Philosophy Lexicon of Arguments

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Simons, Peter
 
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Stronger/weaker I 8
Stronger/weaker/mereology/Bostock/Simons: weaker: to accept a sum instead of least upper bound. - (Still relatively strong). - This is needed for Bostocks analogy of parts and subsets. - SimonsVs - strong classical mereology: there are sums that are too large or too heterogeneous. - In Hasse diagram, the lower parts are not part of the higher. - That means, these do not "consist" of them.
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I 88
even stronger: rest principle: if x is not part of a, then the difference exists x - y - The rest is the maximum supplement to the product x. y (y in x, and vice versa). - Strength: shown by the fact that the existence of appropriate binary sums and binary products is assured. - SharvyVs: instead quasi-mereology - (without rest-principle) - Assuming E.g. all sets of natural numbers that at least contain one even and one odd number, contain as part-relations the quantity inclusion - then there is, although {1,2]} is a real part of the set {1,2,3,4}, no difference in the area, since {1,2} by any supplement {3,4}, {1,3,4} and { 2,3,4} can be extended to obtain {1,2,3,4}. - Each of the three supplements is separated from {1,2} - That means no average contains an even and an odd number. - But because none is a clear maximum, the difference does not exist. - Problem: actually {1,2} and {1,2,3,4} have the difference {3,4} (qua sets). - Solution: not here because through the condition that an even and an odd element has to be present, {1,2} and {1,3,4} are separated.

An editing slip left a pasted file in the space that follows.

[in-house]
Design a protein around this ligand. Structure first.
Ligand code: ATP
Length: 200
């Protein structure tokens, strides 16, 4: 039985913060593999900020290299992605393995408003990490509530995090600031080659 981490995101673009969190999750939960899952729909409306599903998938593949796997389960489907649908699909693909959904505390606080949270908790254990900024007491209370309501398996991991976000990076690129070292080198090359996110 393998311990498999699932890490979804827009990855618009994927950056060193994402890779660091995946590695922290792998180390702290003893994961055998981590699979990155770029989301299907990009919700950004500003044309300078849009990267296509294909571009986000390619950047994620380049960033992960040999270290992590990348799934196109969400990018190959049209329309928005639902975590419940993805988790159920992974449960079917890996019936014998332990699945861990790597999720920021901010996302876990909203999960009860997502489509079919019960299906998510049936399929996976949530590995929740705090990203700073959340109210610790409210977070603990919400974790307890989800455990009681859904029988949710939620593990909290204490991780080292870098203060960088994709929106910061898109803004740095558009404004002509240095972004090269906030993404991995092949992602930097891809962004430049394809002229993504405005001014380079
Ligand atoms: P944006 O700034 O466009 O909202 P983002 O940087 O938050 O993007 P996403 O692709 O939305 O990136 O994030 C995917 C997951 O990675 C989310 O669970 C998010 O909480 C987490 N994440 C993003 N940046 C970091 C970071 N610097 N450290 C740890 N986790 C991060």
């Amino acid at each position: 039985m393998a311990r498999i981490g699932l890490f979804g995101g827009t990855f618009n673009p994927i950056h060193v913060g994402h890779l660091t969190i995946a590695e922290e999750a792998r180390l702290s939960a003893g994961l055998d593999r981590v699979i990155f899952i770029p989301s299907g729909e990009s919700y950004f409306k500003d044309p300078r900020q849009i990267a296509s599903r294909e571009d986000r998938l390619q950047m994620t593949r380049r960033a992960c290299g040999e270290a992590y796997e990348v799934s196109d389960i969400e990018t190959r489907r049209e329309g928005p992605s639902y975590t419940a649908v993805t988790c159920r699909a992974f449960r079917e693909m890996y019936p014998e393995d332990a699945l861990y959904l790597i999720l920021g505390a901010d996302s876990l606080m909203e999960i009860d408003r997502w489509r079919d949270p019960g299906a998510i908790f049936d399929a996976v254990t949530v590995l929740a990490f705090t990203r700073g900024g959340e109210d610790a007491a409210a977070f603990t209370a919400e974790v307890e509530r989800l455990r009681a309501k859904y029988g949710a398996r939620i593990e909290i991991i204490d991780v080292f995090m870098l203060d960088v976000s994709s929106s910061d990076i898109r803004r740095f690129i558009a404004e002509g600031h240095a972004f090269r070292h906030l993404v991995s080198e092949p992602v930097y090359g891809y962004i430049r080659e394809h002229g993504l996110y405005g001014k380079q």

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I 101
Problem: the systems of mereology which should avoid paradoxes of the (stronger) set theory were too strong themselves.
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I 324
Stronger/weaker/Simons: E.g. equivalence of various formulations collapses when the principles of the theory are weakened. - (> Indistinguishability).

Si I
P. Simons
Parts Oxford New York 1987


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Ed. Martin Schulz, access date 2017-03-28